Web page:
You must be kidding. The majority of the workers on construction sites in Guadalajara reek of mota at some time during the day. You probably have never been to a ladrillero either.


cbviajero

Jan 3, 2014, 5:31 PM

Post #63 of 68 (3256 views)

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Re: [richmx2] Are drugs really the root problem?

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In Reply To
Compared to a similar demographic north of the border?

Yes.I grew up in a working middle class neighborhood in LA similar to the one I live in here in Guadalajara and the ready availability of street drugs is about the same as far as I can tell,one exception might be heroin,which isn't nearly as popular here as it is in LA.


(This post was edited by cbviajero on Jan 3, 2014, 5:47 PM)


Gringal

Jan 5, 2014, 11:34 AM

Post #64 of 68 (3180 views)

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Re: [cbviajero] Are drugs really the root problem?

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I grew up in a working class neighborhood in L.A.; not even up to middle class. I agree that the morality factor hasn't changed much. At the time, the police were as corrupt about enforcing the law where a payoff was available as they are in the worst of Mexico. Much later, the law enforcement was cleaned up......somewhat. And that, amigos, was a long time ago.

My book learning was acquired the hard way. So, from the "intellectual book" point of view, I will simply comment that those who are either ignorant of or who ignore history are destined to repeat it. Not an original comment, but one to think about before alleging that things are so much different than they used to be in the old days when good, church going people were "better" and wouldn't steal. Hah. Kids in my neighborhood stole anything they could; then went to church on Sunday.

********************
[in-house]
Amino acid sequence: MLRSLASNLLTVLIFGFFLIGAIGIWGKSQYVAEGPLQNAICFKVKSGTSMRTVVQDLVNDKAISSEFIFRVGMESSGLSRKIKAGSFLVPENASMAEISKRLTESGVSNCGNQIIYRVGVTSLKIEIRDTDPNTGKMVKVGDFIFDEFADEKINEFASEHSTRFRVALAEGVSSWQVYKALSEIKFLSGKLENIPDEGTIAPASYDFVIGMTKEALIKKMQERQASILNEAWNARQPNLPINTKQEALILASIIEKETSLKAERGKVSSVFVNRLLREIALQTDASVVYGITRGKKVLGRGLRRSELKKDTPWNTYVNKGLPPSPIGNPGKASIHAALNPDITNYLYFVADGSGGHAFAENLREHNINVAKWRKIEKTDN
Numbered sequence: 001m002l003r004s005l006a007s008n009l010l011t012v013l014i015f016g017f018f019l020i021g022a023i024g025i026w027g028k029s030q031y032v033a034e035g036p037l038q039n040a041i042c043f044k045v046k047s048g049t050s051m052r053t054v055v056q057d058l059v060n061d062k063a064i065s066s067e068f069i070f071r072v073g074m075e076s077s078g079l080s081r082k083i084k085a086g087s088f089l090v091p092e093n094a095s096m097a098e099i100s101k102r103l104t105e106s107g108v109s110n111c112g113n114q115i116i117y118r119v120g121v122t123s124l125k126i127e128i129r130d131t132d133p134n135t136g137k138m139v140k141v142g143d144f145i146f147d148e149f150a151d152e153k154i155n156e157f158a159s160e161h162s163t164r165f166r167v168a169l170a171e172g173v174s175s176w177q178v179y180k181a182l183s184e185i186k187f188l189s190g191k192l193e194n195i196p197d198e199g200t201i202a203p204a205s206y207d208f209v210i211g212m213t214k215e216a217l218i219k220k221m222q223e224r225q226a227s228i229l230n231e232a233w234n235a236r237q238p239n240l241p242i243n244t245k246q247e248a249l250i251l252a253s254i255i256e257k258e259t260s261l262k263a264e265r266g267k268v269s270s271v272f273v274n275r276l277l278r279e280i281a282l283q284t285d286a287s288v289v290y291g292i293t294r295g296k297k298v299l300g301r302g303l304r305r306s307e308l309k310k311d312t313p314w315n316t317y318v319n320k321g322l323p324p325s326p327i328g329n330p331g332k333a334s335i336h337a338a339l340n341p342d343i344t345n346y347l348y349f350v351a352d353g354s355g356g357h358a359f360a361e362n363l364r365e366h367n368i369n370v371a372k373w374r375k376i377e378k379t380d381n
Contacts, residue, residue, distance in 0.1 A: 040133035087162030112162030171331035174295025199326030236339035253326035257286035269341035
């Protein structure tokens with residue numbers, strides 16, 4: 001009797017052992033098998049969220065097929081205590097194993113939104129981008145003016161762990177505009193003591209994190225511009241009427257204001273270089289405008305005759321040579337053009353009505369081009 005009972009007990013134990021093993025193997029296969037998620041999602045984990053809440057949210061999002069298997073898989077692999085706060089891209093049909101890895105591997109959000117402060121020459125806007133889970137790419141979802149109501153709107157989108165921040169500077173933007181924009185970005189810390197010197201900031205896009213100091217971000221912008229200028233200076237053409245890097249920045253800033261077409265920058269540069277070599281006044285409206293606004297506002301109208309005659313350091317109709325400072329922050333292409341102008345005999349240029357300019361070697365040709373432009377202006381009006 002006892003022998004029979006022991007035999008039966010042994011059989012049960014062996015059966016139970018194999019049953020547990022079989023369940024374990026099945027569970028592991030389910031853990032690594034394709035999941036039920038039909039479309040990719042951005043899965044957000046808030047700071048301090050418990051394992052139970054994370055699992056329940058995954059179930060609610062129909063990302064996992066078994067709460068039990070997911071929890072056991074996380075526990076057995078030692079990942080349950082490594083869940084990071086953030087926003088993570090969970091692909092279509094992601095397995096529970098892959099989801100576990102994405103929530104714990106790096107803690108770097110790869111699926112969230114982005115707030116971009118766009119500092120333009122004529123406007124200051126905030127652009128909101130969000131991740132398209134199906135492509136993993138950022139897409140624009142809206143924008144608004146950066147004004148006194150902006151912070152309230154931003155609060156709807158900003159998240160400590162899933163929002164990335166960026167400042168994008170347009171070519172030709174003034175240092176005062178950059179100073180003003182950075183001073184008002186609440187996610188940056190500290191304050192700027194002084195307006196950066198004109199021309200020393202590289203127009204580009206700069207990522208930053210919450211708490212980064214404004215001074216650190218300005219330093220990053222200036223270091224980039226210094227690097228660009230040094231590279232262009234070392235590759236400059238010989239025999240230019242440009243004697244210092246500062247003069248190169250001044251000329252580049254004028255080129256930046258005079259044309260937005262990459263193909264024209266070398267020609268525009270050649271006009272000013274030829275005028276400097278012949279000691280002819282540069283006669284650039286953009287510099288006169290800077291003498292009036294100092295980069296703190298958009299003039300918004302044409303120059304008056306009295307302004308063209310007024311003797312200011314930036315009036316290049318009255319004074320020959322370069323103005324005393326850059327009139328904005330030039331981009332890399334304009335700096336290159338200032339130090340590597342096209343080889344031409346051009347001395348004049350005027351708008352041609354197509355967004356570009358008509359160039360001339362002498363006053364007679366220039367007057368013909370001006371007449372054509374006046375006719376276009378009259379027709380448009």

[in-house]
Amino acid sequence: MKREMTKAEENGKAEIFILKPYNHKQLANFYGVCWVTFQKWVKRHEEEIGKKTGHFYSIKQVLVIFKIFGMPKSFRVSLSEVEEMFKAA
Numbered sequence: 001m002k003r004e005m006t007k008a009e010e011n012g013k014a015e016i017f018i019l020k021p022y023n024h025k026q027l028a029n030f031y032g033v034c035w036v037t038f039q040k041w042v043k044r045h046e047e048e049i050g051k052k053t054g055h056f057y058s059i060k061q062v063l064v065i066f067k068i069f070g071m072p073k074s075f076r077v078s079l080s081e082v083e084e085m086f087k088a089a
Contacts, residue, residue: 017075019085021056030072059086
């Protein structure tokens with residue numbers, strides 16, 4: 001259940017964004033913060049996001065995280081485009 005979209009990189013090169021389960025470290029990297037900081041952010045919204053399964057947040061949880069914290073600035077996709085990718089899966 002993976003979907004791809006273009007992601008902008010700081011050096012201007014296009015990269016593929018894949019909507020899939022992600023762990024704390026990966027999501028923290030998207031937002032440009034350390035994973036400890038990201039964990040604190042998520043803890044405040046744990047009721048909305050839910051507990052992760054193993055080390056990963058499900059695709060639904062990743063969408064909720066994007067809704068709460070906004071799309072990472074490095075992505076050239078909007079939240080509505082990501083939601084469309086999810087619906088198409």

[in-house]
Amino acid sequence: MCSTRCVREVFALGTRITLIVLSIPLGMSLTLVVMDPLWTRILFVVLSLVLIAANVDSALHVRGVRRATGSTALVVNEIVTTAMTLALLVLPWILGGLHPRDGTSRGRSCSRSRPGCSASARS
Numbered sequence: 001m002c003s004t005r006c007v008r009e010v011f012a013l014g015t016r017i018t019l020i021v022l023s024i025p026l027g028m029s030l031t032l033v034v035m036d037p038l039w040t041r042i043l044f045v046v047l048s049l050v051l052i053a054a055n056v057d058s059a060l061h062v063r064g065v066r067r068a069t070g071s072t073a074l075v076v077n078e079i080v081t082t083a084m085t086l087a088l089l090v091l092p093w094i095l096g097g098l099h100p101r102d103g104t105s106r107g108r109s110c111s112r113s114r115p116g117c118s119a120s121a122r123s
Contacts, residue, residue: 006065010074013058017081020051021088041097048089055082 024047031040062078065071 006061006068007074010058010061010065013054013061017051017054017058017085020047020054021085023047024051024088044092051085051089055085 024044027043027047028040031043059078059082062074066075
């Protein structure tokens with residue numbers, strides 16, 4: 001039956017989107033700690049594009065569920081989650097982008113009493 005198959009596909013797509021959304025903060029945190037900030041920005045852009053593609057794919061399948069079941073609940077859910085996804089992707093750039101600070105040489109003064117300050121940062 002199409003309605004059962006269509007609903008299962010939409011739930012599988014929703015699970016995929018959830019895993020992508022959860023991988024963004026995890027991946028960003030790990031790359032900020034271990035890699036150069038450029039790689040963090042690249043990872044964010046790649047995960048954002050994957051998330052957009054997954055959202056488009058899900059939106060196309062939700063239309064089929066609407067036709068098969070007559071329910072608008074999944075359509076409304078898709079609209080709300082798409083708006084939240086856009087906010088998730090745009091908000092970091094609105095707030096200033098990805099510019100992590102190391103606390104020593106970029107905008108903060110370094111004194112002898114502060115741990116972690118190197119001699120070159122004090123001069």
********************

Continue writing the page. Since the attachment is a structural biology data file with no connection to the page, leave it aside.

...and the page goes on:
Back in those days, there was no pontificating about a need for religion in the schools, before, during or after classes. The Pledge of Allegiance was strictly in favor of country. God was added during the Age of Hypocrisy which gave us the joys of McCarthyism and intrusion into individual privacy. That was also about the time that strange fruit hung from Southern trees, Jim Crow laws were abundant and females were treated as a lower life form in the job market. I think things in general are actually better than they were then. So do a lot of other minorities and women.

If there is anything new and disgusting in today's society, it is the obscene ratio of the haves to the have-nots. But of course that, too, has parallels in history. One of my favorites is that employees of a huge world-wide corporation need food stamps to make ends meet.
Cake, anyone?


Bennie García

Jan 5, 2014, 12:59 PM

Post #65 of 68 (3166 views)

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Re: [Gringal] Are drugs really the root problem?

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http://www.youtube.com/watch?v=ek6hBmoaeS4


Gringal

Jan 5, 2014, 2:07 PM

Post #66 of 68 (3148 views)

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Re: [Bennie García] Are drugs really the root problem?

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LOLOLOL!


mazbeach

Jan 5, 2014, 2:27 PM

Post #67 of 68 (3144 views)

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Re: [Bennie García] Are drugs really the root problem?

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I've already shared it several times. Thanks.


tonyburton


Jan 5, 2014, 2:49 PM

Post #68 of 68 (3140 views)

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Re: [mazbeach] Are drugs really the root problem?

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Looks like this thread has reached the end of its natural life, but if you wish to continue a discussion related to Mexico, then feel free to start a new thread.